Claude Shannon: Father of the Information Age
Claude Shannon – Father of the Information Age
Where did digital communication begin?
The most famous person you’ve never heard of
Claude Shannon’s legendary 1948 paper, “The Mathematical Theory of Communication” unveiled the vast potential for digital communications and inspired virtually all of the work in digital communications that followed.
Also famous for his work on cryptography, the sampling theorem, and the discovery of the relevance of Boolean algebra to logic circuit design, he is considered to be one of the people most responsible for ushering in the digital age.
Shannon is also a University of Michigan alumnus, receiving bachelor’s degrees in electrical engineering and mathematics in 1936. He then began his graduate students in at Massachusetts Institute of Technology the same year, answering a job announcement in their electrical engineering department to operate an analog machine. He completed his PhD in 1940.
Learn more about Claude Shannon in these U-M stories listed below, as well as the movie, The Bit Player (2018), and the biography, A Mind at Play: How Claude Shannon Invented the Information Age (2017).
As the creator of the “bit,” Claude Shannon became known as the “father of the digital age”—the man responsible for technology that evolved into today’s computers and other digital technology. Here, his biographers tell the story of his U-M years. He hailed from Gaylord, Michigan. At Michigan, Shannon took some of the earliest courses courses offered in the theory of wireless telegraphy and telephony, which introduced him to critical ideas related to his later work. A job posting on a bulletin board led him to work on a differential analyzer at MIT, where he would earn his PHD.
Early theoretical solutions led to practical applications that continue to power our digital world.
A 1936 master’s thesis written by Claude Shannon changed the computing world overnight. Shannon’s insight seemed to come out of nowhere, but collections from the Bentley archive show how the genius idea grew from a revamped engineering campus and one elective class.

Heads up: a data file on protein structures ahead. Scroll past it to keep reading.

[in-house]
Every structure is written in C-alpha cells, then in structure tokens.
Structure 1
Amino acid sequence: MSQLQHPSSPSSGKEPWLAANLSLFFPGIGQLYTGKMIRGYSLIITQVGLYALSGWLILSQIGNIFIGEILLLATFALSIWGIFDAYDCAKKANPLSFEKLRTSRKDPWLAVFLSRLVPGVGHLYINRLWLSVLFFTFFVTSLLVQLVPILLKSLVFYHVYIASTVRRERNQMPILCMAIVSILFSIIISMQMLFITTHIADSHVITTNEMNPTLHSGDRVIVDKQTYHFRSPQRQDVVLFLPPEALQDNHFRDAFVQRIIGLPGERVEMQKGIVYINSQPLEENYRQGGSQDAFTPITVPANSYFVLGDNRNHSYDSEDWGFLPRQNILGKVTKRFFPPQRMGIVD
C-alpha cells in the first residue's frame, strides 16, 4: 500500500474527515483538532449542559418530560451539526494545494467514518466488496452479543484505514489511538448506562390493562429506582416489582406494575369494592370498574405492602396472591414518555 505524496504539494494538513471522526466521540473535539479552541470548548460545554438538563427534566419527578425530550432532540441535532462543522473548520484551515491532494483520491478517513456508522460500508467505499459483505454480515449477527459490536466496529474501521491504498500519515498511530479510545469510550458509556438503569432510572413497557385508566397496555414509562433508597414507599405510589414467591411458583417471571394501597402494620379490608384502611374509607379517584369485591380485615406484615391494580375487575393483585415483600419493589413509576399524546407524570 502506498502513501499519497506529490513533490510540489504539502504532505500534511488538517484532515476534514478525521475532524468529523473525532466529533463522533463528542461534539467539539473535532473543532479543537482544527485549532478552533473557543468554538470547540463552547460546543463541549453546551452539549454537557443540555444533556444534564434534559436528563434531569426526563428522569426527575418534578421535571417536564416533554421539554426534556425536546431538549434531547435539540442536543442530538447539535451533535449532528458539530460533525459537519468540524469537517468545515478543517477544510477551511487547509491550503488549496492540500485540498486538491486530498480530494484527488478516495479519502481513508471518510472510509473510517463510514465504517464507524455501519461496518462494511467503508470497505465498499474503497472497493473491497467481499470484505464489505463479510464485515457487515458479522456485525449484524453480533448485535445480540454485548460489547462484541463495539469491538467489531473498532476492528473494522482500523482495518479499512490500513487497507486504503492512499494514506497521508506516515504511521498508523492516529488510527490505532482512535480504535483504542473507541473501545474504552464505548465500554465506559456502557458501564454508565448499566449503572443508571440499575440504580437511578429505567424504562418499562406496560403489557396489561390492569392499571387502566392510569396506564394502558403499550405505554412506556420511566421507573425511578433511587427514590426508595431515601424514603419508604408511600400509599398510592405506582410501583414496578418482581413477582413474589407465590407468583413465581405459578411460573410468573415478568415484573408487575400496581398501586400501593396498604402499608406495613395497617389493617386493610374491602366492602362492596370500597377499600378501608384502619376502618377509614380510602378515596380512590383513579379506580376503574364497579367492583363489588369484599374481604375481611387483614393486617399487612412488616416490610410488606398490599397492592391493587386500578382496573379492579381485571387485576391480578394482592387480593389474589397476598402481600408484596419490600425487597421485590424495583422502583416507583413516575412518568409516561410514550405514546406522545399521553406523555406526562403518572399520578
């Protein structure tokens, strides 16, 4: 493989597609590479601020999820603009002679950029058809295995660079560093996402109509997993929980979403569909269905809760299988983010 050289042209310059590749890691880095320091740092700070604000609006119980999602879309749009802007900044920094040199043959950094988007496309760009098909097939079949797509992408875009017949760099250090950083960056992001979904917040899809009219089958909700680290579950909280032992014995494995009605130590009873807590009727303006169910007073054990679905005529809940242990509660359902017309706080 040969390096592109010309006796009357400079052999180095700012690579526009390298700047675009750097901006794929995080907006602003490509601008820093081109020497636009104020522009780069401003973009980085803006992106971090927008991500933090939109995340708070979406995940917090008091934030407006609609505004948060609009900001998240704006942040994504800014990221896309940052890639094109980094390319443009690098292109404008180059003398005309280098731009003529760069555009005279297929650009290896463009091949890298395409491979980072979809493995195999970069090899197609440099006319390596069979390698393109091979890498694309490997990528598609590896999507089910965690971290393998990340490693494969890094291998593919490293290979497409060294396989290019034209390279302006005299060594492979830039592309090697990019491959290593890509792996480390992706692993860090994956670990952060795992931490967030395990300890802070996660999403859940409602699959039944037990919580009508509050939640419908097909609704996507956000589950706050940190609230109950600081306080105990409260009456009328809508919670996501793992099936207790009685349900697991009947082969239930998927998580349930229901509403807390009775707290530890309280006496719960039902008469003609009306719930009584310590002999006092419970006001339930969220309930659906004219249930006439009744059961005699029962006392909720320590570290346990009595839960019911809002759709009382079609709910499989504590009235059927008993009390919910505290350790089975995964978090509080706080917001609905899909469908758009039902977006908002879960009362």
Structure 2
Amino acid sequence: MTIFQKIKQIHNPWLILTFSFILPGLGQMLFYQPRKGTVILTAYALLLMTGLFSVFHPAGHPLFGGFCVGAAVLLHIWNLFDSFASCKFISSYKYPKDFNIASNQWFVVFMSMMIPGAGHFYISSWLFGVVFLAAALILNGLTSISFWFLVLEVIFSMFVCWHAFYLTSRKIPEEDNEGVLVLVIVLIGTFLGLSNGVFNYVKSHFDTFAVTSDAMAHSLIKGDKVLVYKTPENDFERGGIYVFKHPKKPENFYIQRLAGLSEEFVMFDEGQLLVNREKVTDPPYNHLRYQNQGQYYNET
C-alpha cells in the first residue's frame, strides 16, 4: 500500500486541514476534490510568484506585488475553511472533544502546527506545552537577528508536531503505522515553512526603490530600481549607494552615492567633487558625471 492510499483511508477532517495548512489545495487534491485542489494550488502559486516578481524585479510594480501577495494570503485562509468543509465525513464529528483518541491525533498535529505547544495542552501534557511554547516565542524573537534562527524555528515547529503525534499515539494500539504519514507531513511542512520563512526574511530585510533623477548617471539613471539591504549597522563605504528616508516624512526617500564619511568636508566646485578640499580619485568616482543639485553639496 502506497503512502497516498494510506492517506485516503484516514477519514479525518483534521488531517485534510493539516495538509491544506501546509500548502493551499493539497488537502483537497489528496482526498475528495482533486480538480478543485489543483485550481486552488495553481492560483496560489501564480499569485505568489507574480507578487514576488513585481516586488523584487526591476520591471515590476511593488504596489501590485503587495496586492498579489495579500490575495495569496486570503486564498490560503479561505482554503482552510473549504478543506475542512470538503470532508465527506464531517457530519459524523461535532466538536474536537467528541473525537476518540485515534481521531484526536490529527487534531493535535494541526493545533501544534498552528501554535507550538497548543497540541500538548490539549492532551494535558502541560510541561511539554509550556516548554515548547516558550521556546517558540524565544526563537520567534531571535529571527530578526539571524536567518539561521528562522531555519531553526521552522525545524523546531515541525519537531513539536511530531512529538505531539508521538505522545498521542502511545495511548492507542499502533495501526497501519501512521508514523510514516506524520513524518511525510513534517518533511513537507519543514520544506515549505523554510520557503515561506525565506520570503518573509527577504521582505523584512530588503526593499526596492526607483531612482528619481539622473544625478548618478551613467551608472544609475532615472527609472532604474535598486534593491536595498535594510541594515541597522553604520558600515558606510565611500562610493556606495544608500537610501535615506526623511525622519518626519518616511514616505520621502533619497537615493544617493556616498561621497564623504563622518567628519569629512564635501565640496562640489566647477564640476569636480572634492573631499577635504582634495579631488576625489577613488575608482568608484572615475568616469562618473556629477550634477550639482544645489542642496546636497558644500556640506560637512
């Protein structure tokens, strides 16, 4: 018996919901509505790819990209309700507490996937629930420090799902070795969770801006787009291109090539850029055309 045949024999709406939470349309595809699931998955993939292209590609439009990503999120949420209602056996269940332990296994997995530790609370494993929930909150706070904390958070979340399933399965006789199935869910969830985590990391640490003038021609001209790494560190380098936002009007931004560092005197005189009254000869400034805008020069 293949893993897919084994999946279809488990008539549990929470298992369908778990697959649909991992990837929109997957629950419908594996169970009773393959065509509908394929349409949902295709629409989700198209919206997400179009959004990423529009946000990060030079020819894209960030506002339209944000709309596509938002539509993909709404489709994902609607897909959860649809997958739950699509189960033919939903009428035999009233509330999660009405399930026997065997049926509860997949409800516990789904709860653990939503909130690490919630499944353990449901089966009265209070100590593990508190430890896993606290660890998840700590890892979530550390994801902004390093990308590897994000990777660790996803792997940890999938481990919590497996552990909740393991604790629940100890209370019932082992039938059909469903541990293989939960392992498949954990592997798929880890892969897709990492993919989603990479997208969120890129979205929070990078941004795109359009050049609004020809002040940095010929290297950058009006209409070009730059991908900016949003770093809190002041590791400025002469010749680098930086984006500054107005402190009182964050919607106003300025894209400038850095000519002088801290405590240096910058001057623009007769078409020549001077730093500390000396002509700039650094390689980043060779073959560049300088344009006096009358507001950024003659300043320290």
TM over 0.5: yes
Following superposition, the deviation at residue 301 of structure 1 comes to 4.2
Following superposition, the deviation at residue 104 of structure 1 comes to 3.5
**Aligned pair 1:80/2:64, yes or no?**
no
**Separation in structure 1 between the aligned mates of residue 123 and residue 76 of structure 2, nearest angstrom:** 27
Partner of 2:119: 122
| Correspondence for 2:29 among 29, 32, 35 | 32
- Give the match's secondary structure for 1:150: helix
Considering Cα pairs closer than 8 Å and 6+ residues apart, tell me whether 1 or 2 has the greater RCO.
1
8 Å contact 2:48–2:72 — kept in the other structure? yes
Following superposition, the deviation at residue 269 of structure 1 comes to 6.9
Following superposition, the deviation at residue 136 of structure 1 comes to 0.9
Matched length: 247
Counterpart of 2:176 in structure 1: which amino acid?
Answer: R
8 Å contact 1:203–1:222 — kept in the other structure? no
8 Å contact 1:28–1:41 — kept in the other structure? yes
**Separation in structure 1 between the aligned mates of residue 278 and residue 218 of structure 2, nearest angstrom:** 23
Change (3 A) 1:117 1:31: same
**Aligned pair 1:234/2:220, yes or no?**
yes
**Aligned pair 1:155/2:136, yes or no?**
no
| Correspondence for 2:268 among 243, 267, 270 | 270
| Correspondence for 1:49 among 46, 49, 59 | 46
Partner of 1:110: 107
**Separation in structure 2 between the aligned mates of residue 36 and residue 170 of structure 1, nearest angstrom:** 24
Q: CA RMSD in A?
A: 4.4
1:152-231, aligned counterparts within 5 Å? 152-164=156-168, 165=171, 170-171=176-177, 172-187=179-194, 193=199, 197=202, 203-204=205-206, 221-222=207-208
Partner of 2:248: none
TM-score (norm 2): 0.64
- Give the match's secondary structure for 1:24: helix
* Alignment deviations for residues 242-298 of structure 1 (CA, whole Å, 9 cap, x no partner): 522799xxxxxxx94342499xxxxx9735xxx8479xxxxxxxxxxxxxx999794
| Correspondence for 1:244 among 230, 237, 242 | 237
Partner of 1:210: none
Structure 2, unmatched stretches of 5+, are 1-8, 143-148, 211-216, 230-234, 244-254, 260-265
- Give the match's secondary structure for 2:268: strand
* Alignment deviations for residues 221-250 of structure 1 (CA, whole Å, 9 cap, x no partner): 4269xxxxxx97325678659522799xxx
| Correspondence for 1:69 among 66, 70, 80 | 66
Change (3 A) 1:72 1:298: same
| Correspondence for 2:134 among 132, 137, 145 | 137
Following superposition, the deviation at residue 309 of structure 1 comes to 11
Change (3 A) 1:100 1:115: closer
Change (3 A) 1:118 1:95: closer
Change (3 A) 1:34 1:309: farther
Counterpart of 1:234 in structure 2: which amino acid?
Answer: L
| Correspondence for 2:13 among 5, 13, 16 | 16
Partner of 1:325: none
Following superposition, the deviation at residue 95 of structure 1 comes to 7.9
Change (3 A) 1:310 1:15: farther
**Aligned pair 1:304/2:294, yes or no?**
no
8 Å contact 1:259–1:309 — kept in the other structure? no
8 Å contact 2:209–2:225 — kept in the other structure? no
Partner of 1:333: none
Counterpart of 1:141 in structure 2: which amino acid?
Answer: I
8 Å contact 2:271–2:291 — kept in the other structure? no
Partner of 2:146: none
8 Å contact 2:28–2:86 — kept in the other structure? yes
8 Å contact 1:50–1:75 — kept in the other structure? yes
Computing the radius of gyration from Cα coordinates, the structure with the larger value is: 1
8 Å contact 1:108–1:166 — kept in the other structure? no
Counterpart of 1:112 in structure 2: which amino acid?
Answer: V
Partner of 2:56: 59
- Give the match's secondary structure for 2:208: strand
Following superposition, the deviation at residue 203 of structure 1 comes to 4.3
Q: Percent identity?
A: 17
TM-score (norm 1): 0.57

At noon on a beautiful day November 9, 2001, approximately two hundred members of the University of Michigan community attended the dedication of the statue of Claude E. Shannon. The statue is located at the west entrance to the EECS Building on the North Campus of the University of Michigan in Ann Arbor, Michigan.
The greater mathematical community hails University of Michigan alumnus Claude Shannon as the “Father of Information Theory,” for revealing the potential for digital communications and inspiring advancements that followed.
But even Shannon, himself, couldn’t remember where the theory originates from.
“I wanted to work on information, the measurement of information,” said Shannon, who died in 2001. “I had already read (Ralph) Hartley’s paper … it had been an important influence in my life. I think I read it at the University of Michigan.”
Researchers from around the nation gathered at the University of Michigan in Ann Arbor to celebrate the 100th birthday of alumnus Claude E. Shannon at the Shannon Centennial Symposium on September 16, 2016. The event was co-organized by Al Hero (the John H. Holland Distinguished University Professor and R. Jamison and Betty Williams Professor of Engineering), Dr. Hye Won Chung, Dave Neuhoff (the Joseph E. and Anne P. Rowe Professor of Electrical Engineering) and Prof. Sandeep Pradhan.